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Tex Heart Inst J. 2008;35(3):307-12.

Cardiac surgery during pregnancy.

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Wessex Cardiothoracic Centre, Southampton General Hospital, Tremona Road, Southampton SO16 6YD, United Kingdom.


Cardiovascular adaptations during pregnancy are normally well tolerated in healthy women. However, 2% to 4% of women of childbearing age have some degree of concomitant heart disease, and these changes may compromise cardiac function. Of these, a few who do not respond to medical treatment may require surgical correction. In this setting, maternal mortality rate has improved to levels similar to those in non-pregnant counterparts. However, the fetal mortality rate remains high (up to 33%). Factors contributing to high fetal mortality rates include the timing of the operation, the urgency of the operation, and the fetal/fetoplacental response to cardiopulmonary bypass. Modulation of the fetoplacental response to cardiopulmonary bypass may prevent placental dysfunction and sustained uterine contractions, which underlie fetal hypoxia and acidosis.In this article, we review cardiovascular adaptations to pregnancy and the pathophysiologic effects of cardiopulmonary bypass on the mother, fetus, and fetoplacental unit, and we talk about whether manipulation of these responses can help in improving fetal outcome. Finally, approaches regarding perfusion management and off-pump cardiac surgical techniques in pregnancy are discussed.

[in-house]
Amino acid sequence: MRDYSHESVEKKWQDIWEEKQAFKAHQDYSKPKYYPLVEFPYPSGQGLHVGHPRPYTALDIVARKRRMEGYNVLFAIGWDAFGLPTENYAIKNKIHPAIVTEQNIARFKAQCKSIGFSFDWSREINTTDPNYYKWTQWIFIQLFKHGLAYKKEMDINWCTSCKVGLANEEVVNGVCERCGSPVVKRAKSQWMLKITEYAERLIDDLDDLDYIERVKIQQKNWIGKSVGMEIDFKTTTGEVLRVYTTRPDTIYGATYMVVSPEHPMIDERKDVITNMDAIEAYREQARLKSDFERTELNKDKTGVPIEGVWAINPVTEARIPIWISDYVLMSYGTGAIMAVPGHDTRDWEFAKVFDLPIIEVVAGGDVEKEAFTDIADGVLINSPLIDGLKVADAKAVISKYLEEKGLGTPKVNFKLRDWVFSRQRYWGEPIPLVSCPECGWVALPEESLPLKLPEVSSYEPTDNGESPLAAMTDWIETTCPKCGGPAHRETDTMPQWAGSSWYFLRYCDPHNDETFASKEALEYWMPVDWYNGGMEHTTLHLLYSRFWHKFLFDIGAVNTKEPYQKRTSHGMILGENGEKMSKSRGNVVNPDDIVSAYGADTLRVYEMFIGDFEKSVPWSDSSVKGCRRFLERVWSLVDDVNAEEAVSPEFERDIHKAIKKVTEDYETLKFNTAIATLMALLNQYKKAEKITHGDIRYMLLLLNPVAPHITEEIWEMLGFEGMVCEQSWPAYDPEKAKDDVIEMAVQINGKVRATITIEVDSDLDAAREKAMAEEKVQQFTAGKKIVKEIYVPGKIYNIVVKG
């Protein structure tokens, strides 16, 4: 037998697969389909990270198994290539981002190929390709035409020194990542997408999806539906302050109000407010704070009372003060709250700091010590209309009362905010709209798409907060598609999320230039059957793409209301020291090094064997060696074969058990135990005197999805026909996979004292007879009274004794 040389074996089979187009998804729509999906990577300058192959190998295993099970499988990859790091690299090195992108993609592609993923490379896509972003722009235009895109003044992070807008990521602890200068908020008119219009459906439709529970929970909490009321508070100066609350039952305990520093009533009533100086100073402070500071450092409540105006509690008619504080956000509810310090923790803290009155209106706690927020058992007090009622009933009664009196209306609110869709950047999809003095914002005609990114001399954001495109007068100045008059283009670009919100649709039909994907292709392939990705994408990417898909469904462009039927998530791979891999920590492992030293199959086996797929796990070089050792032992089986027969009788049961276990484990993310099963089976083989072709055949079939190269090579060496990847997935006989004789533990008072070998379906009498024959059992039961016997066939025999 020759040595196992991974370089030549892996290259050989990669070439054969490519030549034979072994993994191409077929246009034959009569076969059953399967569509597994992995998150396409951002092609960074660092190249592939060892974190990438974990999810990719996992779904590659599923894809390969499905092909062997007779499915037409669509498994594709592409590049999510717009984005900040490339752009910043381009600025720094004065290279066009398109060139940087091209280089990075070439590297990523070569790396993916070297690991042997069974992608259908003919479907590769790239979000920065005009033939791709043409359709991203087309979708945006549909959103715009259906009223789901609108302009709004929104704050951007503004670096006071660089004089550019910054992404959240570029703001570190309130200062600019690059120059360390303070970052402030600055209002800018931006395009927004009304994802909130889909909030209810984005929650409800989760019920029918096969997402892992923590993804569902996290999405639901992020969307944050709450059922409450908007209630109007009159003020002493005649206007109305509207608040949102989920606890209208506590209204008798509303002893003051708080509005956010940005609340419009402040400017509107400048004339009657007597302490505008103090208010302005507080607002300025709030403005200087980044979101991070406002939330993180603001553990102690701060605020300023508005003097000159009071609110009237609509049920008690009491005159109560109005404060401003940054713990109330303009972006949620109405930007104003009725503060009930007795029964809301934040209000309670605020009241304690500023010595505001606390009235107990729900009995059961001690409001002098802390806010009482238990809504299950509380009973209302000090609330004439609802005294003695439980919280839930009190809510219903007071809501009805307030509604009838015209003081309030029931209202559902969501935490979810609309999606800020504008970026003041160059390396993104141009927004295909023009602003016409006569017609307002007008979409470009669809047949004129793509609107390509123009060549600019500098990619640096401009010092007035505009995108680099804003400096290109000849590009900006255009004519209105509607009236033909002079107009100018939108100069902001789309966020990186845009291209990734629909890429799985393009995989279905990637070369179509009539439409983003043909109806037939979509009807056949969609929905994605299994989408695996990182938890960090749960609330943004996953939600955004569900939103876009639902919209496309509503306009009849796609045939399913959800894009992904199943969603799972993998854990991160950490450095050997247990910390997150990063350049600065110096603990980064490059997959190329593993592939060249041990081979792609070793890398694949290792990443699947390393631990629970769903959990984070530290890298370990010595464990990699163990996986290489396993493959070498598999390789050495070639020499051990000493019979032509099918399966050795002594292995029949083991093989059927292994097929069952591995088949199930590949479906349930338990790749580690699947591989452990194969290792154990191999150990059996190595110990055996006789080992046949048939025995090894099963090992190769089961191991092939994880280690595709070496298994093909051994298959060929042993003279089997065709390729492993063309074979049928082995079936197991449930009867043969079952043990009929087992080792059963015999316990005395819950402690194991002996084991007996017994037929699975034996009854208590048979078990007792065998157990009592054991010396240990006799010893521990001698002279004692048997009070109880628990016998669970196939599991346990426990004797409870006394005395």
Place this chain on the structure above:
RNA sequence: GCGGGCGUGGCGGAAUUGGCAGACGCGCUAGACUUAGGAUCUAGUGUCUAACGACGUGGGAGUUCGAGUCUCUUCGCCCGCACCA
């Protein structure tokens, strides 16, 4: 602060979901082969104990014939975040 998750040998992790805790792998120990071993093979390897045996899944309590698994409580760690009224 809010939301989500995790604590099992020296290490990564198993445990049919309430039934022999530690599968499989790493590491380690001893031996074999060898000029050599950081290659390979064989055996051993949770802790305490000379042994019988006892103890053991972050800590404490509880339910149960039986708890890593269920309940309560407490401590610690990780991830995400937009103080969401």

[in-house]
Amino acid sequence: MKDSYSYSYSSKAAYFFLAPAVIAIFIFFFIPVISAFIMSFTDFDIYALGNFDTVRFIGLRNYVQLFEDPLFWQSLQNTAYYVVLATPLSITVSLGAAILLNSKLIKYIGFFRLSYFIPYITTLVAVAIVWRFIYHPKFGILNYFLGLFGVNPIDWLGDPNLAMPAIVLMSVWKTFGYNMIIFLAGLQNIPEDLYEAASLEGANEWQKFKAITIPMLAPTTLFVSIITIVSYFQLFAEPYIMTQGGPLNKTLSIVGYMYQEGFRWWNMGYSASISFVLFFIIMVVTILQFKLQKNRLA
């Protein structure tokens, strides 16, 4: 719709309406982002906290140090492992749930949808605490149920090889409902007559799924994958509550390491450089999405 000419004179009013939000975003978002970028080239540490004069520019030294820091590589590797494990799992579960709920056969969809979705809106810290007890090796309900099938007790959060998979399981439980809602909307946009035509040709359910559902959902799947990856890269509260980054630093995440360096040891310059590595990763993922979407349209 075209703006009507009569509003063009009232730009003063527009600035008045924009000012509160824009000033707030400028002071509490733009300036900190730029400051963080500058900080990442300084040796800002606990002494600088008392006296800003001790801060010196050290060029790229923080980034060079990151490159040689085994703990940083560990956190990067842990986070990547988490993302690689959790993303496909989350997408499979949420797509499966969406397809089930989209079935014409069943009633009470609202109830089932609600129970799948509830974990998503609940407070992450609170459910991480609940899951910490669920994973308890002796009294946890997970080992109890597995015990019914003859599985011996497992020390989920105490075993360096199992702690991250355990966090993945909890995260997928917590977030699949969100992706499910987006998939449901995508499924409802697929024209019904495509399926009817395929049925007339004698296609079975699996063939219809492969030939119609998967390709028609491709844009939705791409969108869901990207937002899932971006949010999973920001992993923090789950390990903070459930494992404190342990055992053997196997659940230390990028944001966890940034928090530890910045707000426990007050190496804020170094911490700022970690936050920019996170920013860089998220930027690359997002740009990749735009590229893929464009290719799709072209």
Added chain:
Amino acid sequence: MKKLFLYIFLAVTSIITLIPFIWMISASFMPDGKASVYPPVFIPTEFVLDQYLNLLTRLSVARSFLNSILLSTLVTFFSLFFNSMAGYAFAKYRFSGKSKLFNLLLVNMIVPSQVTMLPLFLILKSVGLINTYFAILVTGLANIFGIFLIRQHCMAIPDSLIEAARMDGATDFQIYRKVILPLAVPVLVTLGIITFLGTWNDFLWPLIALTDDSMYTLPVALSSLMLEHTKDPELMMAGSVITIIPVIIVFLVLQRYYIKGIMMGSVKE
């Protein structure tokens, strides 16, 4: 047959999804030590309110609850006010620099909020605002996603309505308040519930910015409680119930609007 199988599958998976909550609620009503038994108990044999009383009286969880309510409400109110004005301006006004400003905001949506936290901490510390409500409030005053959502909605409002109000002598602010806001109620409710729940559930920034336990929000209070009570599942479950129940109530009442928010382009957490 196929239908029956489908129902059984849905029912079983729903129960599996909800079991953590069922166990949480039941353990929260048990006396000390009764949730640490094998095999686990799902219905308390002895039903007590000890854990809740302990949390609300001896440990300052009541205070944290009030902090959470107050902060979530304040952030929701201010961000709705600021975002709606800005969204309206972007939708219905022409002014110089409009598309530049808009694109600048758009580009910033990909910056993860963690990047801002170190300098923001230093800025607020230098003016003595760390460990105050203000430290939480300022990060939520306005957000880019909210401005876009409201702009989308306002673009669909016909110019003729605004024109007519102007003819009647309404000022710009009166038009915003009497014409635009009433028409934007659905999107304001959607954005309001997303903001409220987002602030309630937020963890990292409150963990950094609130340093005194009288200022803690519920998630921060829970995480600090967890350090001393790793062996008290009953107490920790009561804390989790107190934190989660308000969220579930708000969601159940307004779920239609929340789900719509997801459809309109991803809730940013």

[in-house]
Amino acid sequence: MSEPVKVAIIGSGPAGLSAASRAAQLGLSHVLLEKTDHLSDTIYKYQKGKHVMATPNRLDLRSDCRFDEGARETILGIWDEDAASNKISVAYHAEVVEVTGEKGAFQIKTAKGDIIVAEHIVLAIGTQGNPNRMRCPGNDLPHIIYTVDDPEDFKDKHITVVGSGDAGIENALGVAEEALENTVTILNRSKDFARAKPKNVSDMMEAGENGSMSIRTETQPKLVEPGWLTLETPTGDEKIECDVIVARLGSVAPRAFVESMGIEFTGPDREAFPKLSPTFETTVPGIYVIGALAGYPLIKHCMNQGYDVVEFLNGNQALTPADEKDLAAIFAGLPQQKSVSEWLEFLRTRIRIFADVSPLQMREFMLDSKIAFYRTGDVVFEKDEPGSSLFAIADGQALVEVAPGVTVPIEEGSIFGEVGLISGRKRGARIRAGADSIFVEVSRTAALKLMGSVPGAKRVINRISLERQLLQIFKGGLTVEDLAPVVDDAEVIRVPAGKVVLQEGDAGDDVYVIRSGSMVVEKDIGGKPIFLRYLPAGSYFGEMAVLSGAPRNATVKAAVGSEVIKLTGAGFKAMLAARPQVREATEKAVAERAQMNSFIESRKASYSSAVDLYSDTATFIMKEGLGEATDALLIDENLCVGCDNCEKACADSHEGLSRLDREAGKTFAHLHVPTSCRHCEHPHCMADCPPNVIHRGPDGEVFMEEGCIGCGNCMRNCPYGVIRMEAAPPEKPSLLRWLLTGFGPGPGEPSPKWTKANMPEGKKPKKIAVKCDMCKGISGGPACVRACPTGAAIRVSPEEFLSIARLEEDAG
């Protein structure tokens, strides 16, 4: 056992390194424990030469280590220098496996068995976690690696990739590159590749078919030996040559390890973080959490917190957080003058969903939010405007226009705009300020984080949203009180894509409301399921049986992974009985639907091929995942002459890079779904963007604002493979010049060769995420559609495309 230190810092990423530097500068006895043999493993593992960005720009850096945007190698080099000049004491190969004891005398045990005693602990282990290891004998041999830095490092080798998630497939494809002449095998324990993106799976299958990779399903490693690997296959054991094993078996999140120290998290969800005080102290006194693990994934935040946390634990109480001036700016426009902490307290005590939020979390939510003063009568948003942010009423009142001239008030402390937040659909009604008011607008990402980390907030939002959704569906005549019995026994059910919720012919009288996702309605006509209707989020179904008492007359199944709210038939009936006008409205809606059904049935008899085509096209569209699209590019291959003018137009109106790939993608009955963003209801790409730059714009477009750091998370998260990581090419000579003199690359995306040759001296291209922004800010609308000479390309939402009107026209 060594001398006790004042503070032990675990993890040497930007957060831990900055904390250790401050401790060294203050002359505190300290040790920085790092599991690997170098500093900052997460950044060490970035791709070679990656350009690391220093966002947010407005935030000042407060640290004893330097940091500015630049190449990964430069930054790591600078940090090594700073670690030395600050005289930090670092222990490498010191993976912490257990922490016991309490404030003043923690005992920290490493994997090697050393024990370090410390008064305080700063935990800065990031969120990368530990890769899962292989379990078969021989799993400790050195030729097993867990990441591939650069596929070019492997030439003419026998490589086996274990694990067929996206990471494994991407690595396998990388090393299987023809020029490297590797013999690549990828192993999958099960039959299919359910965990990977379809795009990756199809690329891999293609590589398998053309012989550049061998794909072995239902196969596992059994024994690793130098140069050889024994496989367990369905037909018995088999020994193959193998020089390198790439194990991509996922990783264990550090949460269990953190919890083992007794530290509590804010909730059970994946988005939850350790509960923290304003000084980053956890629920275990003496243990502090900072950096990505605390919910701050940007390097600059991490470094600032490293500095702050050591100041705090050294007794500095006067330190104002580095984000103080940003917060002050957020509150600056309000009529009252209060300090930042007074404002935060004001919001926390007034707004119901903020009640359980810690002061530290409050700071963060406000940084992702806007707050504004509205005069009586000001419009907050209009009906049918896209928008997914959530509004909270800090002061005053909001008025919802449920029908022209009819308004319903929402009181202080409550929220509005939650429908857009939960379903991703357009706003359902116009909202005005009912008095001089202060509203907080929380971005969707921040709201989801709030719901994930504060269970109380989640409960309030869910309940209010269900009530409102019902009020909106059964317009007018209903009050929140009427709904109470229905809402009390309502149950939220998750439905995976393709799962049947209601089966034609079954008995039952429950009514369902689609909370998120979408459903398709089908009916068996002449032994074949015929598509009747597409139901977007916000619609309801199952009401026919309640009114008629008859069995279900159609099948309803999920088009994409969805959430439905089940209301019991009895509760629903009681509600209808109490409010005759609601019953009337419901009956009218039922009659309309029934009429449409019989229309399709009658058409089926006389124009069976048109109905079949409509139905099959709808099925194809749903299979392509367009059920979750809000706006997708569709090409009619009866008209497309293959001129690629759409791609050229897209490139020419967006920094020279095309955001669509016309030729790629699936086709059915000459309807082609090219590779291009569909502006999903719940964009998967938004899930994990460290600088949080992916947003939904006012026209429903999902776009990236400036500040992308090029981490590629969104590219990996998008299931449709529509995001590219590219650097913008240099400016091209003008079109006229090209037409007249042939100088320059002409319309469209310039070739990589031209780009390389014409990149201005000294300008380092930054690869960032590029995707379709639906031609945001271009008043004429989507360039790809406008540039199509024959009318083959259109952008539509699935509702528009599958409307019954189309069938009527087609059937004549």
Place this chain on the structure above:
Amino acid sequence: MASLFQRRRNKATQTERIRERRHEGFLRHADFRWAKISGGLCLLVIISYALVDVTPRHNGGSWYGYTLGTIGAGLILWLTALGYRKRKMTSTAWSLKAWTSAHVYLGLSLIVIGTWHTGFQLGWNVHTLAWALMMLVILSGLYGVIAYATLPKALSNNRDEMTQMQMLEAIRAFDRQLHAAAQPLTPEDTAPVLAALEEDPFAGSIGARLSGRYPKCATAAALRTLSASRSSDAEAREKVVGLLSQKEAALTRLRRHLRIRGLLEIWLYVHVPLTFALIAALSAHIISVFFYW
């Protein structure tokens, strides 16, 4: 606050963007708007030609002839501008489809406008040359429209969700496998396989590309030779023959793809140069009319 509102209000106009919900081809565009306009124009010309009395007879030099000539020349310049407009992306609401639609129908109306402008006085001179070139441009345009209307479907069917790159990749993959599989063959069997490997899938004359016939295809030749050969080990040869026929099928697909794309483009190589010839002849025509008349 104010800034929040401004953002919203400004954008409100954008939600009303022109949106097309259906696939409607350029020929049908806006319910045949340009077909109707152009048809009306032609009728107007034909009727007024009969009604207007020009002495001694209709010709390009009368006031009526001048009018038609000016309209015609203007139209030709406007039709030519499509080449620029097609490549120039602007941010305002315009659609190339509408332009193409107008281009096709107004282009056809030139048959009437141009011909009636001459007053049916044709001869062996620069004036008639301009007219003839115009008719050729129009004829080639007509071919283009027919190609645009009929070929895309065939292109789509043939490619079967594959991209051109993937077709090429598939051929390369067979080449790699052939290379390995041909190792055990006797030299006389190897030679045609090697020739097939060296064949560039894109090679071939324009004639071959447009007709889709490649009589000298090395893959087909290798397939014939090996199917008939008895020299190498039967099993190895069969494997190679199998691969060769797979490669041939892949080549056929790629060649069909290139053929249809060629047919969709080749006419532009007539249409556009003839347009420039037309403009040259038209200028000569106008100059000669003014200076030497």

Cardiac surgical procedures; cardiopulmonary bypass/adverse effects; female; heart defects, congenital; pregnancy complications, cardiovascular/etiology/surgery

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